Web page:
Use a candy thermometer to maintain a safe temperature! Don’t be afraid of the beeswax, but give it the respect it deserves.

Melt beeswax in a pot you plan to use for crafting and you don’t plan to use for anything else. Cleaning beeswax out of a pot can be done but I do not recommend it.

The safest way to melt beeswax is the double-boiler method. This is where you put a smaller pot containing the wax inside a larger pot with water. This reduces the danger of overheating your wax as the heat is more uniform.

Melting beeswax in a crock pot is a good option -but it does take longer.  And of course, your crock pot will not be suitable for anything other than melting wax afterwards.

Other Wax Melting Methods

Some crafters use a deep fryer pot. The fryer works great but is very dangerous without continuous supervision. Be safe and use the lowest temperature setting possible.

If using a fryer, always triple check your temperature setting. When want is just warm enough to melt the wax. Around 160° F seems to do well. Do not rush the process – its dangerous and may ruin your wax.

Collection of colorful Fall leaves collected to dip in beeswax image.

How to Dip Leaves in Beeswax-Tutorial

Charlotte Anderson @ Carolina Honeybees, LLC
Tips for preserving colorful Fall leaves in beeswax to prolong color.
5 from 1 vote

Supplies
 

  • 1 piece Parchment Paper or equivalent
  • 1 pound beeswax
  • 12 pieces Fall leaves
  • 1 piece string or yarn 12" long

Instructions
 

  • Melt beeswax in a double boiler of your choice. The size of this container depends on how much wax you have and how large your leaves are.
    Tie a small piece of string to the leaf stem for ease of dipping.  This is especially true when coating  leaves in beeswax with children as participants.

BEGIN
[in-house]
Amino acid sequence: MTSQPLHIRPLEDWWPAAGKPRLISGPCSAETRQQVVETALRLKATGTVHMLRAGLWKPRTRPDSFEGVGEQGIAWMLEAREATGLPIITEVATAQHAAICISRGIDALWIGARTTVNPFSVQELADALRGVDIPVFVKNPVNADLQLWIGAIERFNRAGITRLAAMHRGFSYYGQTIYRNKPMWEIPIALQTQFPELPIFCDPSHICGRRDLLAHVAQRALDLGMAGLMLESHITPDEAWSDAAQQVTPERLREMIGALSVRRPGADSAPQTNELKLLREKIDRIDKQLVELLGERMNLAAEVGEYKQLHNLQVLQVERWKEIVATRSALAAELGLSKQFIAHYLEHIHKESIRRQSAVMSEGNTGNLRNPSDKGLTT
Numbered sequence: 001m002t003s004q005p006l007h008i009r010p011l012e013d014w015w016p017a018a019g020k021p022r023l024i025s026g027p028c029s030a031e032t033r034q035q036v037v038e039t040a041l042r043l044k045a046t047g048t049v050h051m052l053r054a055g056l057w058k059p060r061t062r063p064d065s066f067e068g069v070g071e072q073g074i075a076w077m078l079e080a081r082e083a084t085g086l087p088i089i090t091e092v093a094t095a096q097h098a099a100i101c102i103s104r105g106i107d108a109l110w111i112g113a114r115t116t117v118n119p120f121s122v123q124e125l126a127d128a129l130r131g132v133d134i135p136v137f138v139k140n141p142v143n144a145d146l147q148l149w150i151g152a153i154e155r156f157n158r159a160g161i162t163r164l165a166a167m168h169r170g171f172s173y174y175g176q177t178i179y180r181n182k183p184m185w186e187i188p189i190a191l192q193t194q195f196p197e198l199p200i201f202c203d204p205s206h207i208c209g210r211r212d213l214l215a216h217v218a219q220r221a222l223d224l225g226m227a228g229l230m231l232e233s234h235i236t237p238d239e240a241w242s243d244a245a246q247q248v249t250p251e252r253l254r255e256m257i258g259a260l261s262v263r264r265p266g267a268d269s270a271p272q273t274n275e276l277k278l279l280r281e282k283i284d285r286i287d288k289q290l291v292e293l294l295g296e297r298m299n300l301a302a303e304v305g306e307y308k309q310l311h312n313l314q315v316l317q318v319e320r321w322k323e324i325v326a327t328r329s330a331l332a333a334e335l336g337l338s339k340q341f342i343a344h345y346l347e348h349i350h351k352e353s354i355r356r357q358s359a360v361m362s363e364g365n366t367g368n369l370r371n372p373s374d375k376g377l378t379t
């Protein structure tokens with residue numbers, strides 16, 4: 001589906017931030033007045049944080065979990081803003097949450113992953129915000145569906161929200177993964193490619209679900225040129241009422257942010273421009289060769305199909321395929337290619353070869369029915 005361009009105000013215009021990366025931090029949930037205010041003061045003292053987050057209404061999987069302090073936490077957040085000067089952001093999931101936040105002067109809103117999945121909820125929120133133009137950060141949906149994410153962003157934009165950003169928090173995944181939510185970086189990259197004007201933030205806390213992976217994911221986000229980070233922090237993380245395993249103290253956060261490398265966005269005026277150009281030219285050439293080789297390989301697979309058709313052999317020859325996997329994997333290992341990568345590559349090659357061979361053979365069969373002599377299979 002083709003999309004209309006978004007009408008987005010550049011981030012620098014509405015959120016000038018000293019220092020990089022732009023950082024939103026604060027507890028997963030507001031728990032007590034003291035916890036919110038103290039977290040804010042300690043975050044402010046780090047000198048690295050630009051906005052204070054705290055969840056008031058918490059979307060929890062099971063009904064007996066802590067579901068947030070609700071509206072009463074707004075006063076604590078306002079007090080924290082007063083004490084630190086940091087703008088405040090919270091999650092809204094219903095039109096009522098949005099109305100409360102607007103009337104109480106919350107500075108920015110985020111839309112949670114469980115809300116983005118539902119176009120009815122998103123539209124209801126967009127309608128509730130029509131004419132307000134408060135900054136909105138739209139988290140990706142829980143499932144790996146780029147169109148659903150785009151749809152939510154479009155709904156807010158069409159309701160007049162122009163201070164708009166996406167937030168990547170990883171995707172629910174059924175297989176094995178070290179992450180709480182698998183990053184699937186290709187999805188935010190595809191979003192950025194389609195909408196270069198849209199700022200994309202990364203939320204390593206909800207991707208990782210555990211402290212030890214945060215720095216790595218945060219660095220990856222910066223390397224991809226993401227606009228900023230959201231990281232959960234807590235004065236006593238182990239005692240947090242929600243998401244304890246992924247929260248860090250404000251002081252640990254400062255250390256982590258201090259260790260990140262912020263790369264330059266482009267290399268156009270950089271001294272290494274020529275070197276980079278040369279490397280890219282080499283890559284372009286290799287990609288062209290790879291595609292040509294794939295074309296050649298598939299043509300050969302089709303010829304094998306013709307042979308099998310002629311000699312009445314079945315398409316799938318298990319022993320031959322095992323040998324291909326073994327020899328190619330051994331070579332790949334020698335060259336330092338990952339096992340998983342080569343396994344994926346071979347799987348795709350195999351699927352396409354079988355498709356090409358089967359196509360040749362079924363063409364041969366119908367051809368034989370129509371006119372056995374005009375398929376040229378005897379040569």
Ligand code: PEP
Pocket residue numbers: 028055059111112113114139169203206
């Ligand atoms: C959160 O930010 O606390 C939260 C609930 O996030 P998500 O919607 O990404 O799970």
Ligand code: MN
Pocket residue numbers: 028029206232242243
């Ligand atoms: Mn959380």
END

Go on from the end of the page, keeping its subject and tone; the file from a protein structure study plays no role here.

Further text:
Otherwise, carefully dipping the leaves and coating most of the stem will serve the purpose.
    Take each one of the leaves and dip them quickly in the melted beeswax.  When you pull the leaf out hold it firmly and give it a few shakes – allowing any excess wax to drip back into the pot.  
    Dipping yellow leaf in melted beeswax image.
  • Hold the leave above the wax pool for a few seconds. Then lay it flat on a piece of wax paper, aluminum foil, or parchment paper. 
    It should cool for several minutes ( 5 min). Now gently pick up the leaf and repeat the dip and shake process.   Place your finished leaf out flat once again to cool.
    A cloudy coating of beeswax will be visible on the surface of the leaves. Don’t worry.  If you performed the dip process correctly, the wax will become clear as it cools.
    Popular leaf preserved in beeswax coating image.

Notes

  • Do not over heat your beeswax.  Beeswax melts at a temperature of about 144° – 147 °.  It is not necessary to heat your beeswax to a high temperature.
  • When beeswax reaches a temperature of around 180° F it will darken and become less appealing. 
  • You want the wax to be completely melted but at its lowest temperature.  If it begins so skim over on the top, it is not quite warm enough.
Learn more about bees and using products from the hive!Join me on Instagram – @carolina_honeybees
Preserved leaves cooling on mat image.

Use Beeswax Dipped Leaves for Decorating

After a few hours of drying time, you will have a selection of sturdy, colorful fall leaves to use for decorations.  This is a great lesson of sustainability for children.

A voice from the past when home decorations were made from natural materials that were readily available from nature.

Beeswax coated leaves can be part of a Fall table display. Or brighten up any window by hanging your leaves with string or yarn.

Now while you have that melted beeswax handy – learn how to make these DIY Herbal Beeswax Sachets and you will have a beautiful sweet smelling display.